I’ve often heard people say that they feel an obligation to repay their creditors and elect to settle their debt after talking to a debt relief company. The irony is that settling your debt is not paying your debt. Instead, it is paying some of your debt. It is also an attempt to repair your financial past instead of your financial future, and I am not convinced that makes sense. The past is gone. It is only the future we can prepare for.
What do I mean by that?
Let’s say you are 30 years old and you spend the next five years settling your debts. Because you are directing money each month towards your old debts, you can’t use those funds to save today for retirement.
Thinking about the future in a time of financial crisis is essential. So is saving money each month into a savings account as you try to dig yourself out of debt. But unfortunately, that fact is counterintuitive for many. People believe they need to direct every dollar towards debt reduction, but that is the wrong approach.
Let’s look at an example of what digging yourself out of debt would cost you if you were spending $500 a month on debt settlement fees and payments. Using that monthly payment for retirement savings, you would have saved almost 1.3 Million dollars towards your retirement at age 70 if you stopped saving after five years and never made another deposit.
You can use my online calculator to find out how much retirement you might lose by repaying old debt.
The most critical question you need to ask yourself is how much potential retirement savings are you willing to throw away to repay your past financial mistakes?
Ask yourself, does it make sense to throw away your financial future to try and repair the past?
Based on the cost of dealing with your old problem debt, a Chapter 7 bankruptcy is significantly less expensive. For about $2,000 you could have legally eliminated the debts in about 90 days or so.
Logically a Chapter 7 bankruptcy makes much more sense than an emotional choice of feeling obligated to repay past bad debt with future money when you have even more critical obligations ahead, such as retirement.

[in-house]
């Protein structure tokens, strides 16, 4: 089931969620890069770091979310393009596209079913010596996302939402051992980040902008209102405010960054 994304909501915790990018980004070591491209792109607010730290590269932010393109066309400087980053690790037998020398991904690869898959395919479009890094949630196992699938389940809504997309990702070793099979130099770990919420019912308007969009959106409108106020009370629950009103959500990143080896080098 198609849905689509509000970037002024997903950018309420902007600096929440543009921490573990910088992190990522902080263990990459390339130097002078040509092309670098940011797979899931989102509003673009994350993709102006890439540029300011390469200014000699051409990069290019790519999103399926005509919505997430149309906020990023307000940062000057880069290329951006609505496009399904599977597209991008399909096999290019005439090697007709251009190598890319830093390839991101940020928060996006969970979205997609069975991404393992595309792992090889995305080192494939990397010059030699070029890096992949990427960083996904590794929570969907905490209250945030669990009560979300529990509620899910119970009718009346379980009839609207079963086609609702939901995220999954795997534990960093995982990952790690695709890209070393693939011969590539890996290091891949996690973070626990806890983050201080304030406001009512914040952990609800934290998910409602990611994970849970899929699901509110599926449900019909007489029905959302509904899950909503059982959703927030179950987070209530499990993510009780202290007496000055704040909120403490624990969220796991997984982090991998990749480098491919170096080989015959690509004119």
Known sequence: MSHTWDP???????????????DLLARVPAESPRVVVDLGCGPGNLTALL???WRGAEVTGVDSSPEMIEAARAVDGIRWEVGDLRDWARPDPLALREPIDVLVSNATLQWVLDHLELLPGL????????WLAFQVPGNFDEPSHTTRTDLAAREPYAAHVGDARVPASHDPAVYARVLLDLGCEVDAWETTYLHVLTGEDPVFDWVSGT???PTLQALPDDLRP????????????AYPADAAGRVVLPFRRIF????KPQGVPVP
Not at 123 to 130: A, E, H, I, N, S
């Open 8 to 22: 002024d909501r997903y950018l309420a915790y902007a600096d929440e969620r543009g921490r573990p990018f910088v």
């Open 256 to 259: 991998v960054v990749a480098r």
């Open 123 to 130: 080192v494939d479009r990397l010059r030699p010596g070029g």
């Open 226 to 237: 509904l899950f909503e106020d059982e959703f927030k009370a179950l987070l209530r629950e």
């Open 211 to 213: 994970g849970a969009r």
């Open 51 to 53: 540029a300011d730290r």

We have a looming retirement crisis ahead. Social Security alone will not be able to pay for safe housing and proper care.
A critical multiplier of the amount you will have at retirement is time. The longer your investment is earning a return and growing, you will have. Conversely, the longer you wait, the less you will have. For example, if you waited to start saving at age 35 instead of 30, you’d lose about half a million dollars in retirement.
At this time, you need to evaluate how much debt you have left to settle and if you don’t have much longer, then it might make sense to finish what you started.
However, I would decide what to do using math and logic and not emotion, fear, or shame. The only person that can create negative feelings about your debt is you. Your creditors certainly don’t care and nobody there is spending time thinking about you. Typically debt collectors will use the moral obligation to repay argument as a way to manipulate people.
When this relationship with ClearOne Advantage started, I feel confident they gave you the necessary information to hire them, and they were interested in selling you their product. They did what was best for them and had no duty to push you to do what might be best for you.
If you want to try and correct the perceived poor customer service you feel you have received, then read my post How to Get Your Money Back From a Debt Relief Company if You Feel Like You’ve Been Scammed.
The process I layout is a reasonable step-by-step approach to allowing the company to correct any errors and meet you in the middle to resolve your unhappiness.